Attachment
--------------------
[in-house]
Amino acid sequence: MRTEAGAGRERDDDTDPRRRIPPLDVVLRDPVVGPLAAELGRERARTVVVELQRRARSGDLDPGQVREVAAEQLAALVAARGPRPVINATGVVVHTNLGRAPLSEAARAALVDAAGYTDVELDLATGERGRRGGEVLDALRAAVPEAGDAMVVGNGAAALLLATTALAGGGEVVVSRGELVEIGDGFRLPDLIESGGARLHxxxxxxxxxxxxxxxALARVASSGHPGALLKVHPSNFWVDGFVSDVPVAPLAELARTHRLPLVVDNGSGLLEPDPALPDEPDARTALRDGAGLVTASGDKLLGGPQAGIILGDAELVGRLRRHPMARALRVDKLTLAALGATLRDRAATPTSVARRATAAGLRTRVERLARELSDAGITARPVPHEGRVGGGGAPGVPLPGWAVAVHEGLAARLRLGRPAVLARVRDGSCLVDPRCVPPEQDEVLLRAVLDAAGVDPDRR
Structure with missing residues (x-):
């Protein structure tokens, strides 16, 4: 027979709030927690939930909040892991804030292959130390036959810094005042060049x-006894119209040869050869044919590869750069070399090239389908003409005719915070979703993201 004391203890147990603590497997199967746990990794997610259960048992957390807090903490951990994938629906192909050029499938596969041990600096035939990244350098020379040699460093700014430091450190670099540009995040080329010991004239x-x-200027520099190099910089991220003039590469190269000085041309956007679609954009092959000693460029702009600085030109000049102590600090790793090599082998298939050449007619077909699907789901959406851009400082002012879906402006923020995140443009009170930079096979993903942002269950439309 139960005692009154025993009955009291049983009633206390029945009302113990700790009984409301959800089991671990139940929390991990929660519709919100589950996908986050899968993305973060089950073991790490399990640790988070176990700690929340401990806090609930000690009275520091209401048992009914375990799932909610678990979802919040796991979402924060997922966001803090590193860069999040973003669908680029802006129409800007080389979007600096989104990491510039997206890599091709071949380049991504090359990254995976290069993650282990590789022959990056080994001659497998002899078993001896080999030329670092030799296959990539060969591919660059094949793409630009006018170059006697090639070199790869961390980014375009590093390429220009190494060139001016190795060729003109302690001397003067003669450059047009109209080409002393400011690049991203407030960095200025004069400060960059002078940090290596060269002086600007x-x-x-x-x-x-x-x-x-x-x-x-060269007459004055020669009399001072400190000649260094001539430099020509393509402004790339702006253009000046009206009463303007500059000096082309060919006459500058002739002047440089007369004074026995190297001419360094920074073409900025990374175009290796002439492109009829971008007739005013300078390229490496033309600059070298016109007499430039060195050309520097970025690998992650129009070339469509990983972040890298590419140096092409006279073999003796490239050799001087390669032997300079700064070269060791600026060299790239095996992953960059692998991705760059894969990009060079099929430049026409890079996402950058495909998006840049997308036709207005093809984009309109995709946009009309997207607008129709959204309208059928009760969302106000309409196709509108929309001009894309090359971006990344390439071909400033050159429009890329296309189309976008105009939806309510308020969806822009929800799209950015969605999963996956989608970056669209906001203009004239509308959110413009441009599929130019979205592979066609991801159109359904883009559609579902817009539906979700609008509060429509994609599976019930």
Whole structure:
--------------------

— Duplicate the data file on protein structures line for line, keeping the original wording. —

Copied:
[in-house]
Amino acid sequence: MRTEAGAGRERDDDTDPRRRIPPLDVVLRDPVVGPLAAELGRERARTVVVELQRRARSGDLDPGQVREVAAEQLAALVAARGPRPVINATGVVVHTNLGRAPLSEAARAALVDAAGYTDVELDLATGERGRRGGEVLDALRAAVPEAGDAMVVGNGAAALLLATTALAGGGEVVVSRGELVEIGDGFRLPDLIESGGARLHxxxxxxxxxxxxxxxALARVASSGHPGALLKVHPSNFWVDGFVSDVPVAPLAELARTHRLPLVVDNGSGLLEPDPALPDEPDARTALRDGAGLVTASGDKLLGGPQAGIILGDAELVGRLRRHPMARALRVDKLTLAALGATLRDRAATPTSVARRATAAGLRTRVERLARELSDAGITARPVPHEGRVGGGGAPGVPLPGWAVAVHEGLAARLRLGRPAVLARVRDGSCLVDPRCVPPEQDEVLLRAVLDAAGVDPDRR
Structure with missing residues (x-):
């Protein structure tokens, strides 16, 4: 027979709030927690939930909040892991804030292959130390036959810094005042060049x-006894119209040869050869044919590869750069070399090239389908003409005719915070979703993201 004391203890147990603590497997199967746990990794997610259960048992957390807090903490951990994938629906192909050029499938596969041990600096035939990244350098020379040699460093700014430091450190670099540009995040080329010991004239x-x-200027520099190099910089991220003039590469190269000085041309956007679609954009092959000693460029702009600085030109000049102590600090790793090599082998298939050449007619077909699907789901959406851009400082002012879906402006923020995140443009009170930079096979993903942002269950439309 139960005692009154025993009955009291049983009633206390029945009302113990700790009984409301959800089991671990139940929390991990929660519709919100589950996908986050899968993305973060089950073991790490399990640790988070176990700690929340401990806090609930000690009275520091209401048992009914375990799932909610678990979802919040796991979402924060997922966001803090590193860069999040973003669908680029802006129409800007080389979007600096989104990491510039997206890599091709071949380049991504090359990254995976290069993650282990590789022959990056080994001659497998002899078993001896080999030329670092030799296959990539060969591919660059094949793409630009006018170059006697090639070199790869961390980014375009590093390429220009190494060139001016190795060729003109302690001397003067003669450059047009109209080409002393400011690049991203407030960095200025004069400060960059002078940090290596060269002086600007x-x-x-x-x-x-x-x-x-x-x-x-060269007459004055020669009399001072400190000649260094001539430099020509393509402004790339702006253009000046009206009463303007500059000096082309060919006459500058002739002047440089007369004074026995190297001419360094920074073409900025990374175009290796002439492109009829971008007739005013300078390229490496033309600059070298016109007499430039060195050309520097970025690998992650129009070339469509990983972040890298590419140096092409006279073999003796490239050799001087390669032997300079700064070269060791600026060299790239095996992953960059692998991705760059894969990009060079099929430049026409890079996402950058495909998006840049997308036709207005093809984009309109995709946009009309997207607008129709959204309208059928009760969302106000309409196709509108929309001009894309090359971006990344390439071909400033050159429009890329296309189309976008105009939806309510308020969806822009929800799209950015969605999963996956989608970056669209906001203009004239509308959110413009441009599929130019979205592979066609991801159109359904883009559609579902817009539906979700609008509060429509994609599976019930």
Whole structure: